It's genetic too, as insulin resistence runs in my family. I do feel well, and I did go without eating a lot of thoes things when I first went on a low carb diet. The only time since been on the Met that I have notestd a low is when I don't eat which has only happend once. I don't know if its realyly heart paps or not, I did not notice anything yeaterday. I never get any reaction with bannanas. I was fine on the low carb diet for a while untill last year (I has been on the diet for a year and a half) I started haveing a lot of troble with my blood suger. I only started eating peanutbutter again at the end of last year.
Not enough study has been done on PCOS yet. But from what I have read and been told,woman with it don't have the controle over there blood sugar. I am thinking that I notice it more than others have as I have gained control over my sugar craveings. Bannanas are on a list of things I can eat as the type of sugar is safe for people with PCOS.
I am guessing that as I have been able to lower the amount of insulin produced it has helped.
Peanutbutter is the only spread that is avalible at the collage that would be safest for me to eat, till I get home.
Thank you so much for your information. I think I really need to go and see a dietition when I get back home.
There are two major classes of medications used to treat diabetes: insulin-sensitizing agents and sulfonureas. The latter medication stimulates the pancreas to release more insulin. The higher levels of insulin can lower sugar levels and may increase symptoms of hypoglycemia.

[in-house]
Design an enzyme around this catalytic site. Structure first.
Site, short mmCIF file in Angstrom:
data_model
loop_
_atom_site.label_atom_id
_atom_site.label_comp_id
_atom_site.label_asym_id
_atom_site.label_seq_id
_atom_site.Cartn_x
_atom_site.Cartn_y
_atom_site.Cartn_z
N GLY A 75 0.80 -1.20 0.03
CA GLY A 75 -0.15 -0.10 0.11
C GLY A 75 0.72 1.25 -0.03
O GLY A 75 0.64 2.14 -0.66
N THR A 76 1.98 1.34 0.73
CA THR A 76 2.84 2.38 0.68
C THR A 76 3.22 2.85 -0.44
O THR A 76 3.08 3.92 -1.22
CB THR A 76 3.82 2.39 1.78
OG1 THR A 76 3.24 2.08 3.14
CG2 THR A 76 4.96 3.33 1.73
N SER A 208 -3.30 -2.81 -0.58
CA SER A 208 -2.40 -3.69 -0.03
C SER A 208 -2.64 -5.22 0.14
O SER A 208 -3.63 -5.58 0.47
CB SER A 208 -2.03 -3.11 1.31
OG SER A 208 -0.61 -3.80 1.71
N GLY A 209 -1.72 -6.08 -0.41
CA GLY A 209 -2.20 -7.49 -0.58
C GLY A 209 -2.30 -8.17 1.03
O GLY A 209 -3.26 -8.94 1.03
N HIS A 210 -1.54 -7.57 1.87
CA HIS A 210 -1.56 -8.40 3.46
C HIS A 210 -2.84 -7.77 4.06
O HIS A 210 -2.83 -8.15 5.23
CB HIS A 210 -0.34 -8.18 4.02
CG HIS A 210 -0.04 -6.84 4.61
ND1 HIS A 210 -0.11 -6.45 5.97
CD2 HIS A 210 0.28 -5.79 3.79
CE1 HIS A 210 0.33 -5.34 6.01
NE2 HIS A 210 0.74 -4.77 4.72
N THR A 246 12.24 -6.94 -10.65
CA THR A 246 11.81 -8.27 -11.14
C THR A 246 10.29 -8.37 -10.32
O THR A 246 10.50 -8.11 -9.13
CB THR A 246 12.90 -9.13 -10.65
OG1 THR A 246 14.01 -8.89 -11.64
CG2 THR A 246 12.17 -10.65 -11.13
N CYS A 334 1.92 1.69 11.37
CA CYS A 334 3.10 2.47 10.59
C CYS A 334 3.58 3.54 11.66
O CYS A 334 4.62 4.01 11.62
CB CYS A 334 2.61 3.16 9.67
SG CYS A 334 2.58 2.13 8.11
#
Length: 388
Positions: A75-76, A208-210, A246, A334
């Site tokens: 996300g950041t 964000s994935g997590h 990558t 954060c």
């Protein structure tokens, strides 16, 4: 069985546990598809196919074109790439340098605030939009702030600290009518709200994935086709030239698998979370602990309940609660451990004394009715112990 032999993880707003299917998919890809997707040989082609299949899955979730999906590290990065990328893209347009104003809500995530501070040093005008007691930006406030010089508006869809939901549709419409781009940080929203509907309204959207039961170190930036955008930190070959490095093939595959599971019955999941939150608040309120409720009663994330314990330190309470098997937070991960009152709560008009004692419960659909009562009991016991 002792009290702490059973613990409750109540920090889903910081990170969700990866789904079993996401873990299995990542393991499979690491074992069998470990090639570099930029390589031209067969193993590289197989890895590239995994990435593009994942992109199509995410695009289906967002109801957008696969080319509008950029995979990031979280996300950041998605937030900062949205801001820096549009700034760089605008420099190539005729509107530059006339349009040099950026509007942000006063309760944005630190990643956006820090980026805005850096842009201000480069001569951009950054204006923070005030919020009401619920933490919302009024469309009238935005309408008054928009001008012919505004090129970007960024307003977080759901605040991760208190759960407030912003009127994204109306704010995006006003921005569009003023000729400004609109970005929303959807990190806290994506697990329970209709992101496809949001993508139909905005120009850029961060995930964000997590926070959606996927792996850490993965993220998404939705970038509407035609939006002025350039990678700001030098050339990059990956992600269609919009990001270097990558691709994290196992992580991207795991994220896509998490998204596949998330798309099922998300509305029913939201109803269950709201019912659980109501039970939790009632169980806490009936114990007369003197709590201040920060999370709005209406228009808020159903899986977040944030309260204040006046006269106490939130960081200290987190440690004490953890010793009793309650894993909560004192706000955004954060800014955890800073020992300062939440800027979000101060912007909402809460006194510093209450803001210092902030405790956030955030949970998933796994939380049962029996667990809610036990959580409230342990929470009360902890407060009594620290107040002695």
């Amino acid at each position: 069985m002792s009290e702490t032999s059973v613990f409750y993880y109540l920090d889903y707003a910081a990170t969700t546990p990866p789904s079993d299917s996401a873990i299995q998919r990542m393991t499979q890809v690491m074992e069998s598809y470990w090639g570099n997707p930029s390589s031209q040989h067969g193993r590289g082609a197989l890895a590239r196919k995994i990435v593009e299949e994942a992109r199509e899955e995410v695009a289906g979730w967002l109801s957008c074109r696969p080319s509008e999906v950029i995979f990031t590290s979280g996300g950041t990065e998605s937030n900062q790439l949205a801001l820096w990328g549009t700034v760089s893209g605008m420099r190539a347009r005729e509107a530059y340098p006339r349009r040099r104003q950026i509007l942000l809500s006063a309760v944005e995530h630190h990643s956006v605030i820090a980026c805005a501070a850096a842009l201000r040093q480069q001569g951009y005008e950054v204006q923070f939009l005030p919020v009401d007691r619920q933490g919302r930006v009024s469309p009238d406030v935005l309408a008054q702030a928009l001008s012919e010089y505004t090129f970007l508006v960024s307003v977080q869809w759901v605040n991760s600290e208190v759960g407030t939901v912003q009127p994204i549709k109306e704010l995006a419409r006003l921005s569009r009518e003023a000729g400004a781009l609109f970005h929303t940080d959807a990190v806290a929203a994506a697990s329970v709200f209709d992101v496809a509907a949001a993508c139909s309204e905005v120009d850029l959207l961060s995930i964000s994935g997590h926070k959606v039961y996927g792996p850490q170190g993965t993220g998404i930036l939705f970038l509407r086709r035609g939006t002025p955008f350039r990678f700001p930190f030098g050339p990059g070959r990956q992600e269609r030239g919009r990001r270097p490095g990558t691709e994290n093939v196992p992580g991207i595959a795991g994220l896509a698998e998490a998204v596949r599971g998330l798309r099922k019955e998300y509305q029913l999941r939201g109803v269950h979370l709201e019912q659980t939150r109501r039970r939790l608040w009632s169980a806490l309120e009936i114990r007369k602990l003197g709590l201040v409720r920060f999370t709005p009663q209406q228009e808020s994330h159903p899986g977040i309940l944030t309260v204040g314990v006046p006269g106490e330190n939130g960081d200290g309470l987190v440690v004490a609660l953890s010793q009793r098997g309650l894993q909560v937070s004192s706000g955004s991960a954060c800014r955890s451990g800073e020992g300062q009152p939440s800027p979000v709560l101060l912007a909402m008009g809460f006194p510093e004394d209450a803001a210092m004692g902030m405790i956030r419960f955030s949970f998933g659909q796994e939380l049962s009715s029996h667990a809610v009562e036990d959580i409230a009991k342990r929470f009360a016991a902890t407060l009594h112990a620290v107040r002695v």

Metformin and troglitazone have a very different effect. Although they can also be used to treat diabetes, they do so by increasing the potency of your body's own insulin. This means that your body requires less insulin to keep sugar levels normal. The net effect is a lower insulin level. As insulin is the hormone that lowers blood sugar, the result is, in fact, a reduced risk of hypoglycemia.
It is interesting that many women with PCOS also suffer from hypoglycemia. Many of these women are found to be insulin-resistant. That means their bodies require more insulin to keep sugar levels normal. But things don't work that simply. When your sugar levels rise after a meal, normally your pancreas would secrete insulin in response to the carbohydrate (sugar) load. Many women with PCOS, however, experience a delayed release of insulin. In fact, their insulin levels continue to rise even after the sugar level is coming back to normal. This delayed and persistent rise in insulin levels, even after the levels of sugar are falling, causes the symptoms of hypoglycemia.
Well it is, but as I have recently found out the Met helps the insulin to be more sensitive and incoprating a low Gi diet keeps the insulin levels down which in turn helps the hormonal problem of PCOS.
On people with PCOS the Met does not drop the blood sugar levels unless one does not eat, and I have found that I have not had a problem with my levels droping all the time like it was before, it acrualy been stable I feel. Resurchers are comeing up with more benifets about met that helps woman with PCOS all the time.
Its aparently all part of the bundel of haveing PCOS that now is clear to me.
Google "PCOS and hypoglicemia", it comes up with a few things.